Managing the risk of using residual herbicides and disc seeders in winter crops
April 17, 2019
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with Peter McKenzie, private agronomist, Quirindi NSW
with Peter McKenzie, Agricultural Consulting & Extension Services
The Liverpool Plains is a hot spot for herbicide resistance. Growers have been doing battle with glyphosate and Group A and Group B resistant ryegrass since the 2000s, along with high levels of glyphosate resistance in milk thistle and rising resistance in feathertop Rhodes grass, barnyard grass and liverseed grass.
Well-known private agronomist, Peter McKenzie, is working with growers on the NSW Liverpool Plains around Quirindi to integrate the use of pre-emergent herbicides into their winter cropping program.
“Pre-emergents are a useful tool to have in the weed control toolbox,” says Mr McKenzie. “But we need to use them effectively when we decide to pull them out of the cupboard.”
“These herbicides have a place in both the winter and summer cropping programs provided they are well-supported with several other tactics. We need to be chipping weeds, using the optical sprayers for first and second knocks to make more economical use of herbicide, mowing verges and getting into harvest weed seed control.”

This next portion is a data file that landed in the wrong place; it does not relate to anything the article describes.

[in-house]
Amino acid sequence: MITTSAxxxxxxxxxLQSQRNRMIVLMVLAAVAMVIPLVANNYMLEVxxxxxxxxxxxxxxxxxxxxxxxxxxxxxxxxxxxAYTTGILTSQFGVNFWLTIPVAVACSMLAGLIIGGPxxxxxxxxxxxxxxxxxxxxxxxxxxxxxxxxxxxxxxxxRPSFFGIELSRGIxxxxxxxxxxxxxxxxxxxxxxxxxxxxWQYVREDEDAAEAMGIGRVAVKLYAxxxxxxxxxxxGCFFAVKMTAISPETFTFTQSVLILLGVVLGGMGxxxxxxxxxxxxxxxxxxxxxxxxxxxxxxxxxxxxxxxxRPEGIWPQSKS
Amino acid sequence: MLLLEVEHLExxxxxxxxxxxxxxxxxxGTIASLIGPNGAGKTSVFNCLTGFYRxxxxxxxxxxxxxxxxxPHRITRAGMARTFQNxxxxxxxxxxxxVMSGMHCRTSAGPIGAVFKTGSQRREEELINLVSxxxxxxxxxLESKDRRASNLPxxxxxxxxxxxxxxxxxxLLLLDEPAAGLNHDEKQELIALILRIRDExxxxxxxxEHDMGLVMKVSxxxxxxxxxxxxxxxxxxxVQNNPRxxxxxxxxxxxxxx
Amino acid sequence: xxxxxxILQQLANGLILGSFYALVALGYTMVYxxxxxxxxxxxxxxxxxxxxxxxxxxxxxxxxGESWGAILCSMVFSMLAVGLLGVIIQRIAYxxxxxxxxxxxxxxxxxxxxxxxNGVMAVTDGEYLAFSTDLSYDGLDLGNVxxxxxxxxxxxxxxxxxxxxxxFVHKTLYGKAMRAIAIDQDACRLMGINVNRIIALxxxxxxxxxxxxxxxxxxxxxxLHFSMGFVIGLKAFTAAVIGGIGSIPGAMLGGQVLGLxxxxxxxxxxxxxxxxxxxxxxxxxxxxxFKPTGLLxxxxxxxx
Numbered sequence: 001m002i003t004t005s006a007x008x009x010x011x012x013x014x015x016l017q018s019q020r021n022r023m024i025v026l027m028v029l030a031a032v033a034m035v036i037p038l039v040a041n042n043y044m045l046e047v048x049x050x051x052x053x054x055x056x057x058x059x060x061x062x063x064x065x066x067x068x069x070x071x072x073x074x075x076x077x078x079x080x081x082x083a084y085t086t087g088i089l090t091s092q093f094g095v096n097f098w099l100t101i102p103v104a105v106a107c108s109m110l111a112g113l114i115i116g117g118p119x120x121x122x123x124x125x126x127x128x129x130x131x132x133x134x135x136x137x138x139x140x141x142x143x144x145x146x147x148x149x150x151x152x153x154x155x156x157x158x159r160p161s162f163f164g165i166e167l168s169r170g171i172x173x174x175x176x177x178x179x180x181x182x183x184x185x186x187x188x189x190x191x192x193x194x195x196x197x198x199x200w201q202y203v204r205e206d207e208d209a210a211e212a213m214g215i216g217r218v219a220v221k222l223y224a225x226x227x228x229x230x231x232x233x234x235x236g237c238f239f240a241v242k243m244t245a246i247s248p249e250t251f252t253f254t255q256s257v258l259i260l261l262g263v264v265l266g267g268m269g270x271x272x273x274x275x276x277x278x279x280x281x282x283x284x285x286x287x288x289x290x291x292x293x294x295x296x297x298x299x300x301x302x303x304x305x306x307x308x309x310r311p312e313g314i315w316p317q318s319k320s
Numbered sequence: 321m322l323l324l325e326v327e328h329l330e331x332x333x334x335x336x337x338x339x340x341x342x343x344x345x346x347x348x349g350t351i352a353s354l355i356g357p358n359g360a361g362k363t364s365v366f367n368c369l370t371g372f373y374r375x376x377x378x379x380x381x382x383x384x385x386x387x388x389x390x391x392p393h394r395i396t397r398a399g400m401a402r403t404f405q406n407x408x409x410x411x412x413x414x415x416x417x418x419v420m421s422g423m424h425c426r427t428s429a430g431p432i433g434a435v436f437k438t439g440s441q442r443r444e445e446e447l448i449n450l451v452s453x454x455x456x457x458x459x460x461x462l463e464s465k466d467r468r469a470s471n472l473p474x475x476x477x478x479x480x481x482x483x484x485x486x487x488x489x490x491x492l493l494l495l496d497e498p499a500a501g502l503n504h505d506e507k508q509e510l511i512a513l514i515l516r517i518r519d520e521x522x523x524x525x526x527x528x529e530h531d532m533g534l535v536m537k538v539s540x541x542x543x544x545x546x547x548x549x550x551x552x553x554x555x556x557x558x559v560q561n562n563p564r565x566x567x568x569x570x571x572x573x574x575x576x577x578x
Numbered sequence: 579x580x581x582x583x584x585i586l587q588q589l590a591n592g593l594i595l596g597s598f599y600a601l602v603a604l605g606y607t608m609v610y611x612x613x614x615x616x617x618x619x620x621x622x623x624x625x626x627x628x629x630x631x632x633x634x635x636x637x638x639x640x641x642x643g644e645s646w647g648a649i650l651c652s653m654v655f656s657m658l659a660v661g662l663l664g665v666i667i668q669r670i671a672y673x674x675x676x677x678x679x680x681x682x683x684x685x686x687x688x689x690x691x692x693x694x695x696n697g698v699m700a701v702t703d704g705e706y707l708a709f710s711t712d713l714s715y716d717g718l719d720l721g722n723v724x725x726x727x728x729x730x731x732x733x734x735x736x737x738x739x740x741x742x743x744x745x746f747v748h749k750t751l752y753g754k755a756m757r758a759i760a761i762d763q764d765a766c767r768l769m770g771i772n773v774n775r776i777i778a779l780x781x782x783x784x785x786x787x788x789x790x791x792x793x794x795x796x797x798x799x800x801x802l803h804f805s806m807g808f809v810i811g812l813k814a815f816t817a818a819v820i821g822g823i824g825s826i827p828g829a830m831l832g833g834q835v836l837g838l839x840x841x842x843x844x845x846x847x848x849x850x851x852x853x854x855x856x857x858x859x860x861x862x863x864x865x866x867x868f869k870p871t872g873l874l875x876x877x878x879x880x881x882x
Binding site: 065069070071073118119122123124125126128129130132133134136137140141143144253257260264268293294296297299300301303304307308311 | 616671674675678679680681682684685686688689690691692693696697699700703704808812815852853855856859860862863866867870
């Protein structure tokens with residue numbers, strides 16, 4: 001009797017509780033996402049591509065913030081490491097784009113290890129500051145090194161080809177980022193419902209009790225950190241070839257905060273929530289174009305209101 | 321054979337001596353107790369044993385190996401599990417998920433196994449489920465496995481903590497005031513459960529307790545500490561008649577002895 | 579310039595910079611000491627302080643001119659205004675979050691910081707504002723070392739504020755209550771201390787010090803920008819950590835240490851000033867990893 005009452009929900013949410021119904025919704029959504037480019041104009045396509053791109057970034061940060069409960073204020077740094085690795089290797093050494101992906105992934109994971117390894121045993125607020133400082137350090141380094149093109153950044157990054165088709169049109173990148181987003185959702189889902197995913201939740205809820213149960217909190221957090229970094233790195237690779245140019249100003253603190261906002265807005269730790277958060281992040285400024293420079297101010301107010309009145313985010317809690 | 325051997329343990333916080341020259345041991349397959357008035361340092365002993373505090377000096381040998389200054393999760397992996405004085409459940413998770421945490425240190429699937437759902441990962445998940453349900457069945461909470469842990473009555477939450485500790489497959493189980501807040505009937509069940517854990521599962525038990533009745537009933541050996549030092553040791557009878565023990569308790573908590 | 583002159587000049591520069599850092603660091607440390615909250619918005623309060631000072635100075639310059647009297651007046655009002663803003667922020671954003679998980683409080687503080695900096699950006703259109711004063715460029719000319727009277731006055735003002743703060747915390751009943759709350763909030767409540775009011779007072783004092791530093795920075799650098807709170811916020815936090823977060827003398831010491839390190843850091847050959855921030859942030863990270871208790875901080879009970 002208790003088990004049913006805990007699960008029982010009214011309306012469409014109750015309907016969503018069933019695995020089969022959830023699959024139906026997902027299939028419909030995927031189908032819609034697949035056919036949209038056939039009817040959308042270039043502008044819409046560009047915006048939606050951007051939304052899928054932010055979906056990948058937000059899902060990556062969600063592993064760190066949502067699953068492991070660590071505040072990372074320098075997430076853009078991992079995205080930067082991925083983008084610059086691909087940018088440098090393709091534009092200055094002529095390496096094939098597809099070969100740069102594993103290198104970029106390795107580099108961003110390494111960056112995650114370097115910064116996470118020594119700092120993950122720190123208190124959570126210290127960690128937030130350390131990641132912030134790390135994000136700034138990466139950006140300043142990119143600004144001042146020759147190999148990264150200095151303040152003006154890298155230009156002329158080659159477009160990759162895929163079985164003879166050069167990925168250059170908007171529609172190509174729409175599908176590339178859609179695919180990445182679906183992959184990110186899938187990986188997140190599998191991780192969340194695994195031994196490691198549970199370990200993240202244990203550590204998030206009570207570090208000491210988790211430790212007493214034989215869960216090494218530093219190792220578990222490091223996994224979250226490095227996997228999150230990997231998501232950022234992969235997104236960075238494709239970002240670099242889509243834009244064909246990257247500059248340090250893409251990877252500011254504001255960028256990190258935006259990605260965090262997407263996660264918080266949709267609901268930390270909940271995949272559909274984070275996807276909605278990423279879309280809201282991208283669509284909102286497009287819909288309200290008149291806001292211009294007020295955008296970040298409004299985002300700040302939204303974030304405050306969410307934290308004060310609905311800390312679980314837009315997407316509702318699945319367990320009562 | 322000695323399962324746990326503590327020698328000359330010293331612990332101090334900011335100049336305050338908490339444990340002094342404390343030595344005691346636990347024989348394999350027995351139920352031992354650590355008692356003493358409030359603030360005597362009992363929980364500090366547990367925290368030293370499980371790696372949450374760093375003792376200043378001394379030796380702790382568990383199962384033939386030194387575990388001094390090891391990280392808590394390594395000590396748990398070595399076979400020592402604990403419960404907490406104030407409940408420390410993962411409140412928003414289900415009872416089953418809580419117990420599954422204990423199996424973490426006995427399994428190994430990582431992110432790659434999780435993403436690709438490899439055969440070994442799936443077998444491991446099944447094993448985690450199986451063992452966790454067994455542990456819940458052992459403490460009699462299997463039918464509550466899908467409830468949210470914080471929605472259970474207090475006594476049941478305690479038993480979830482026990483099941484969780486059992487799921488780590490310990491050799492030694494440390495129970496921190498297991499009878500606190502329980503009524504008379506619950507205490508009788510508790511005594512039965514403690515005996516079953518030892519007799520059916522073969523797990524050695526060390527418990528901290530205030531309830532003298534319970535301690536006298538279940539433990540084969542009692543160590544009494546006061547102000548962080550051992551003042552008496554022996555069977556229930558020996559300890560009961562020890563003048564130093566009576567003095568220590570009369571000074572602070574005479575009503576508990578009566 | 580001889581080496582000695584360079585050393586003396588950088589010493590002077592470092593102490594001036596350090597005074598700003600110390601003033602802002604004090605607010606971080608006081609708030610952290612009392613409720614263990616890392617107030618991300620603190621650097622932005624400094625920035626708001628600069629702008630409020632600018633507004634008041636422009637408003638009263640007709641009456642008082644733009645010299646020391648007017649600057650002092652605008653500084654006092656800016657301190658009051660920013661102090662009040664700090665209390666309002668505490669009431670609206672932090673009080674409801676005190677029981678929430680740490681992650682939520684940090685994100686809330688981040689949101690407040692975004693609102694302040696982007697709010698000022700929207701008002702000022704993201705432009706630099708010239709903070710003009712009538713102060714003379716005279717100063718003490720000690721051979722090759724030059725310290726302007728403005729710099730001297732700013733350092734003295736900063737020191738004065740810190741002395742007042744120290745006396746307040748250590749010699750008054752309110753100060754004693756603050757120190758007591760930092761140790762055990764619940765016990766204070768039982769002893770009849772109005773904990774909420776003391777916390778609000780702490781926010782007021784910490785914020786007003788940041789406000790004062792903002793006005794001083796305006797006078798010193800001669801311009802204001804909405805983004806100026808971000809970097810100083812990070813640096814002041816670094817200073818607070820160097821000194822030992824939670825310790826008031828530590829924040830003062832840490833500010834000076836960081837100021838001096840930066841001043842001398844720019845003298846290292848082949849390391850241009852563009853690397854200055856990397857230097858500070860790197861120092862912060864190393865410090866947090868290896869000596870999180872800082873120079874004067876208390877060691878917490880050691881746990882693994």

When all these other tactics are in place, Peter reckons that’s the time to consider the strategic use of pre-emergent herbicides.
Up to 80 per cent of Liverpool Plains growers are using disc seeders to handle high levels of crop residue when seeding winter crops, and to take advantage of limited planting opportunities. Peter says this presents some challenges, particularly when using pre-emergent chemistry for ryegrass control, but it can still be done effectively in certain circumstances.
Although most product labels recommend knife points and press wheel planters for ryegrass pre-emergents, the use of disc seeders is often not illegal. Growers must be aware that herbicide companies are unlikely to accept any responsibility for crop damage that may occur if the seeder does not achieve sufficient soil throw to separate herbicide from the seed line. As always, read the label carefully and ask for advice.
If you are considering adding pre-emergent herbicides to the weed control program on your farm, the free, online course is a great way to learn more and avoid the pitfalls. Check it out.
Should I use pre-ems in a paddock with weedy patches?
Short answer: Possibly.
Longer answer: Satellite imagery is a great way to identify and map weedy patches, using services such as Satamap. Once the patches are mapped it is easier to manage these patches differently.
One effective way is to harvest these areas lower, and using a homemade or commercial chaff chute to concentrate weed seeds onto the inhospitable environment of CTF wheeltracks. Using this approach, glyphosate resistant ryegrass patches can be dramatically reduced in one season – down by 70–75%. Not only can this drive down the weed numbers for the following year, it can also make the summer post-emergent spraying more effective because the chaff reduces the amount of dust thrown up by the sprayer tyres.